Clark County’s autumn COVID-19 surge accelerated this week with more than 1,100 new cases and 10 deaths since Nov. 13, according to Clark County Public Health.
Public Health reported 189 new cases and two new deaths on Friday: a woman in her 50s with underlying health conditions and a man in his 60s with underlying health conditions.
Those deaths bring the county’s total deaths from COVID-19 to 89. Ten people died from the disease this week, up from six last week and three the week before.
Hospitalizations are surging. The number of people hospitalized with COVID-19 rose to 65 on Friday, up 12 from Thursday’s count, and the number of people hospitalized awaiting test results rose to 11, up from seven on Thursday.
Public Health reported that 12.1 percent of the county’s licensed hospital beds are occupied by COVID-19 patients and suspected cases still awaiting test results.
The number of active cases, counting infected people still in their isolation period, rose to 546, up from 501 on Thursday.
There have been 1,109 new COVID-19 cases reported since Nov. 13, according to Public Health data. That’s up 33.3 percent from the previous week and more than double the number reported in the week ending Nov. 6.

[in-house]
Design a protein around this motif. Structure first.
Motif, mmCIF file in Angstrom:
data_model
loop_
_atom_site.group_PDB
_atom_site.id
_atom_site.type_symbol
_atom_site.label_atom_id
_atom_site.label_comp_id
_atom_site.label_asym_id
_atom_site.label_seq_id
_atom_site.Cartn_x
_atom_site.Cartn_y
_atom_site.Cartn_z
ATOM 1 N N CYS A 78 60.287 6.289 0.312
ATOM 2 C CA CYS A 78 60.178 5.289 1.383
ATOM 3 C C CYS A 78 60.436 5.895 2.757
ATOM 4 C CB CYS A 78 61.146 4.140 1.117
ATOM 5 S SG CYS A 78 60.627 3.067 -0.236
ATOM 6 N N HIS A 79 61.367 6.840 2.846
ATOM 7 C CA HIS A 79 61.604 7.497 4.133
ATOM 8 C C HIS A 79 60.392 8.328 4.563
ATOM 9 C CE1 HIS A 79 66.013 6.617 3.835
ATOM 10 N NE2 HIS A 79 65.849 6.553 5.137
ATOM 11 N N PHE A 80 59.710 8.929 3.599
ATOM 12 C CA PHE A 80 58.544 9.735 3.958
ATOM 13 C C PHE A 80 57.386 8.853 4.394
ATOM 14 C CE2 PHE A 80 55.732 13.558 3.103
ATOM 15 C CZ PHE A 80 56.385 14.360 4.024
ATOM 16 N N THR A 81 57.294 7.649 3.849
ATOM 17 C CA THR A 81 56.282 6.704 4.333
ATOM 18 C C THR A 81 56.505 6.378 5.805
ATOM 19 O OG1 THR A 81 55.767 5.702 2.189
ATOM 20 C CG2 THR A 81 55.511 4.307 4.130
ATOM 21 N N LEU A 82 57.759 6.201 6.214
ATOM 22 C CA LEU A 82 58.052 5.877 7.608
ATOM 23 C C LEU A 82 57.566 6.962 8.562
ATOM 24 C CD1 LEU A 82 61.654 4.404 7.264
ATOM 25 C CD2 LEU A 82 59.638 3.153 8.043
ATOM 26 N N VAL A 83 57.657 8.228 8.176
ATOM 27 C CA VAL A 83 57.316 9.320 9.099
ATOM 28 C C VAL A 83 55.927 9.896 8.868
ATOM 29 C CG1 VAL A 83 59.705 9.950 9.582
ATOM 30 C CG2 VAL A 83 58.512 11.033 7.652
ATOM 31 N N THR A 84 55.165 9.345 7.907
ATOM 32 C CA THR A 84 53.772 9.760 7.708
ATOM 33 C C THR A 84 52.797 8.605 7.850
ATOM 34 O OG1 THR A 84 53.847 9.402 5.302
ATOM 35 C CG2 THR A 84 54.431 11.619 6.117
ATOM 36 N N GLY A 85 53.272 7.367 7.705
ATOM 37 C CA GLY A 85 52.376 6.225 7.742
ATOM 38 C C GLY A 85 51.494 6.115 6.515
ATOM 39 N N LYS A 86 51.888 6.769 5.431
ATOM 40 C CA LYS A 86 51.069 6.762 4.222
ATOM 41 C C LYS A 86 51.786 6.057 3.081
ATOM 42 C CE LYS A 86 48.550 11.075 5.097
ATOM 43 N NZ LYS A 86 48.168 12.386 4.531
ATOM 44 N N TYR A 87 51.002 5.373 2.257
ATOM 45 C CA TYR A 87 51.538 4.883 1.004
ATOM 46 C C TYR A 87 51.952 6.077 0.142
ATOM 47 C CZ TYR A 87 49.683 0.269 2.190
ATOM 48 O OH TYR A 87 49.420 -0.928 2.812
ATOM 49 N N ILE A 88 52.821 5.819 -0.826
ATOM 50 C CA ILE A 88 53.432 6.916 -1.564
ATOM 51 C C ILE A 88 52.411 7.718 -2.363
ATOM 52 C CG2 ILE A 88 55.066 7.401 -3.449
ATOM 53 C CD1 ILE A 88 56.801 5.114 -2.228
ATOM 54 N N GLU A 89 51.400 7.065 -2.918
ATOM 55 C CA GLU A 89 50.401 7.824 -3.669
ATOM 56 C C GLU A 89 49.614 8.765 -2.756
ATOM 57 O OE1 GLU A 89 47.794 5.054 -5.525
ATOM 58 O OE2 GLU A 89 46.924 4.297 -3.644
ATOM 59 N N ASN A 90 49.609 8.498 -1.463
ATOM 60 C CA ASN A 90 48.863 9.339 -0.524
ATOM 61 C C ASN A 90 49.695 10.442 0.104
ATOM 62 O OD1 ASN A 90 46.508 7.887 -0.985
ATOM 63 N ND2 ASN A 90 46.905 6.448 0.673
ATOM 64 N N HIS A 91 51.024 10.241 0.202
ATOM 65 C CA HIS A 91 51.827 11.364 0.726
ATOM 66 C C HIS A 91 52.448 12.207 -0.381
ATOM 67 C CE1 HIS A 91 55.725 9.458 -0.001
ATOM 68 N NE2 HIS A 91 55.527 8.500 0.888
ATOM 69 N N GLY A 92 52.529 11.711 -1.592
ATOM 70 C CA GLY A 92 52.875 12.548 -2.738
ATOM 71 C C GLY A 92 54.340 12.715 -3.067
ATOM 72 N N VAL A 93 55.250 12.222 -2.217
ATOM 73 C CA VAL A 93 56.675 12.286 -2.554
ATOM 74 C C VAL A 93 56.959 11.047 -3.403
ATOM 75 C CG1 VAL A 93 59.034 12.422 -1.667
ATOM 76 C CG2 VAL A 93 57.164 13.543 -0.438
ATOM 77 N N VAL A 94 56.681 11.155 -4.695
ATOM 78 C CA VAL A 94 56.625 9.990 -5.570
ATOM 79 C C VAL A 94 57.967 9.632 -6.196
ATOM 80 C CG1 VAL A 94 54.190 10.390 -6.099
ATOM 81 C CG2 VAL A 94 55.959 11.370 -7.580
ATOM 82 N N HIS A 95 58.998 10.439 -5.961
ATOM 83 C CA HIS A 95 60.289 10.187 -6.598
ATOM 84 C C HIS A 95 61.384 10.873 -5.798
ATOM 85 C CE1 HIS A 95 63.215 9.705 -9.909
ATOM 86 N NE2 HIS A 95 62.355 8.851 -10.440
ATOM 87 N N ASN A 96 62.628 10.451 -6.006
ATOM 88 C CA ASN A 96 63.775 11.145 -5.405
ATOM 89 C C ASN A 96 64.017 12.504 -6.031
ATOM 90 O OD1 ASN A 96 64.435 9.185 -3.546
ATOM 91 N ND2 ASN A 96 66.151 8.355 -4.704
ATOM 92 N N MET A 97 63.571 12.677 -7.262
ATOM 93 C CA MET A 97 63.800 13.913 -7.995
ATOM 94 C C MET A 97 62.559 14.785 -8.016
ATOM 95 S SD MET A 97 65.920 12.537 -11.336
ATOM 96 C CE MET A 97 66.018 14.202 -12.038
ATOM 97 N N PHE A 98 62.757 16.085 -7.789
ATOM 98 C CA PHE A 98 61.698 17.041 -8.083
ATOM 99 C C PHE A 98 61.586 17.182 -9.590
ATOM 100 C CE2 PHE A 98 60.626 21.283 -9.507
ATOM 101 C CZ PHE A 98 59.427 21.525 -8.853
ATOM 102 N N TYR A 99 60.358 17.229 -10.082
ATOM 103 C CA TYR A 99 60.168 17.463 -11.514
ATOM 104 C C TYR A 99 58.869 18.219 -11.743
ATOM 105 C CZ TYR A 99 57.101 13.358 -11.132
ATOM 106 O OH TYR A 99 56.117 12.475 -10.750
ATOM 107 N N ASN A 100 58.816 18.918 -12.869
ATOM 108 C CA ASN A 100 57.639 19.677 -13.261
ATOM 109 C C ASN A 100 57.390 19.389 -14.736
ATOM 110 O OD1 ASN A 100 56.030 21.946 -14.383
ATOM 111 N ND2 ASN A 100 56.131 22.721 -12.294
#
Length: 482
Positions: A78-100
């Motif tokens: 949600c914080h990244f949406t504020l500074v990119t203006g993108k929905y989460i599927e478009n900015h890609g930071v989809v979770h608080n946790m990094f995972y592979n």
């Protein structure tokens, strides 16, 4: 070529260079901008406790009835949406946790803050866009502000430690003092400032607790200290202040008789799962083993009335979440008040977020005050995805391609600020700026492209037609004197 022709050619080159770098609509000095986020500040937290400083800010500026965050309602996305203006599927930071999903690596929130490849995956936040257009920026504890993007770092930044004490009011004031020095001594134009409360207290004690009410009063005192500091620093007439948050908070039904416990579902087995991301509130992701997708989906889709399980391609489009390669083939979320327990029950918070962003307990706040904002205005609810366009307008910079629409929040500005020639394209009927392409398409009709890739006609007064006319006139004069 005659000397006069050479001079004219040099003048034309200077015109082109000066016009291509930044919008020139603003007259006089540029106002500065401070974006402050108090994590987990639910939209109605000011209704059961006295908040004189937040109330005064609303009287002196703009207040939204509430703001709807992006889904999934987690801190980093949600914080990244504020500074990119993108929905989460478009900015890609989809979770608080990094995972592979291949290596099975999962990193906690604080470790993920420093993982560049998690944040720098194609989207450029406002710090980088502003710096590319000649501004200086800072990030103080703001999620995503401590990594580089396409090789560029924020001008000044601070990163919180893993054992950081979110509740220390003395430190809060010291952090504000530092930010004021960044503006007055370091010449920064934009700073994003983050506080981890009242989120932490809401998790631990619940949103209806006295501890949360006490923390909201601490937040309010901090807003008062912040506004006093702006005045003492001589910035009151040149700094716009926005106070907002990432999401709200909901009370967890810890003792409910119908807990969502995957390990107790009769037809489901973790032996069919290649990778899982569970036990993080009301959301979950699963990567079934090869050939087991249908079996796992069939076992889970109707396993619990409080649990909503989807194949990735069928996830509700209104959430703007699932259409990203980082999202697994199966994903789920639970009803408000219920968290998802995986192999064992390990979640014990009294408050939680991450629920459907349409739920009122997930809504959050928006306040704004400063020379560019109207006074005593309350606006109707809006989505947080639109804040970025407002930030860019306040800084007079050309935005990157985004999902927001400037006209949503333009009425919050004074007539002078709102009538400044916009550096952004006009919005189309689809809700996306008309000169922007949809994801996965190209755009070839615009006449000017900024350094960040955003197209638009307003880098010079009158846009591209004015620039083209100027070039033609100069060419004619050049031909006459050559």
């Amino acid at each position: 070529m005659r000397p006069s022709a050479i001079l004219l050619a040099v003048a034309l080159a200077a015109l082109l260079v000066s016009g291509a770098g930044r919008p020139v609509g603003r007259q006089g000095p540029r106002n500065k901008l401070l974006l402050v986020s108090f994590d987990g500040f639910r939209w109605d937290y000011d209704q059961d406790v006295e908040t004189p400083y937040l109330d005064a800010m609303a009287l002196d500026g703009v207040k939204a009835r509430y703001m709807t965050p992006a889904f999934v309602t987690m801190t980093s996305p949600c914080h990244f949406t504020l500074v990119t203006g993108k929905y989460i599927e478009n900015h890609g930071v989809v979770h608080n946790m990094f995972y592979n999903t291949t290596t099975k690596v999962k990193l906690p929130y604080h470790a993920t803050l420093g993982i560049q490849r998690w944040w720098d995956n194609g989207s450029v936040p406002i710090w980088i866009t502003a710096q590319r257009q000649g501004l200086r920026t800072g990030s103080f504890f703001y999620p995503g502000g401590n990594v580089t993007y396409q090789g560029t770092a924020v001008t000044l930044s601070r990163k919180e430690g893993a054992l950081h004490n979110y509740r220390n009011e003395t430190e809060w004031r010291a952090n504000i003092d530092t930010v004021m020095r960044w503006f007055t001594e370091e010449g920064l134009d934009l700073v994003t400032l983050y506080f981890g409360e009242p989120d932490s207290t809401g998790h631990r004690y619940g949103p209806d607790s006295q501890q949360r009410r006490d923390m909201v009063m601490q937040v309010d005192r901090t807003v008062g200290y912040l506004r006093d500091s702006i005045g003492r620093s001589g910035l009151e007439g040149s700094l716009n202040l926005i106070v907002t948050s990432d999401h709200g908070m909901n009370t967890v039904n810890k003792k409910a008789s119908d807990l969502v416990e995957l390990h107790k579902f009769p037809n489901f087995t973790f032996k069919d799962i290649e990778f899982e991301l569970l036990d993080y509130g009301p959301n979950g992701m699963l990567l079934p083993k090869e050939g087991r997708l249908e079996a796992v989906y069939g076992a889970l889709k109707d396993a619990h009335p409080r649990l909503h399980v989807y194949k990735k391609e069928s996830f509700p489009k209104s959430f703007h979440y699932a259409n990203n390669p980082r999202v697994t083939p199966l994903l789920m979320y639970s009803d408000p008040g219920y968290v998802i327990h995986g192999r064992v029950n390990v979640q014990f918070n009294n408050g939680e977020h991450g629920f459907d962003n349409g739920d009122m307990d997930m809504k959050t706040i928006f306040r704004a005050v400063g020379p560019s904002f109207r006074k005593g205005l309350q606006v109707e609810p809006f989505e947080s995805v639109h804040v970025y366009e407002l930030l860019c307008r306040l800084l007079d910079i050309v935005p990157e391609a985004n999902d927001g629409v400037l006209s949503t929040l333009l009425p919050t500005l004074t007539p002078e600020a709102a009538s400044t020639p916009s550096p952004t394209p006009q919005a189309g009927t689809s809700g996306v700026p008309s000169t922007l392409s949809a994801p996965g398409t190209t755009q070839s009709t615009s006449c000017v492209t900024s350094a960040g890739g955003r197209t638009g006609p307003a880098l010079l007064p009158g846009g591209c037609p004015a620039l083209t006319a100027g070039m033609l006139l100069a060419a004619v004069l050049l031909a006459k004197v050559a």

Public Health also released numbers that showed six new exposures at schools in Clark County.
• Battle Ground Public Schools: Daybreak Primary School, Nov 13, staff, not exposed at school; Prairie High School, Nov. 17, staff, not exposed at school.
• Evergreen Public Schools: District building, Nov. 16, staff, not exposed at school; Heritage High School, Nov. 13, student, not exposed at school.
• Vancouver Public Schools: Hazel Dell Elementary, Nov. 13, staff, exposed at school; Skyview High School, Nov. 14, staff, not exposed at school.
The new numbers were released as Public Health posted a statement on social media asking people to celebrate the holiday at home with people in their household.
“Attending indoor gatherings with people from outside of your household puts you and your loved ones at higher risk of getting sick with COVID-19,” the post said.
The post suggested that anyone who plans to attend or host in-person gatherings to quarantine for 14 days prior to the gathering, or quarantine for seven days and have a negative COVID-19 test within 48 hours of the gathering.
Public Health also offered these suggestions to reduce the risk of spreading COVID-19:
• Keep guest lists small. Gathering with fewer people from one other household is safer than gathering with more people from several households.
• Gather outside, if possible. Indoor gatherings are higher risk than outdoor gatherings. If you gather indoors, open windows and doors to increase ventilation.
• Maintain distance. Gather in a location that allows people from different households to maintain 6 feet of distance from each other.
• Wear face coverings anytime you’re not eating.
• Keep the gathering short. Longer gatherings are higher risk than shorter gatherings.
• Wash hands frequently.
• Avoid buffet-style potlucks and sharing of utensils. Instead, have each household bring their own food and drinks.
• Avoid gestures that require close contact with others, such as hugging or shaking hands.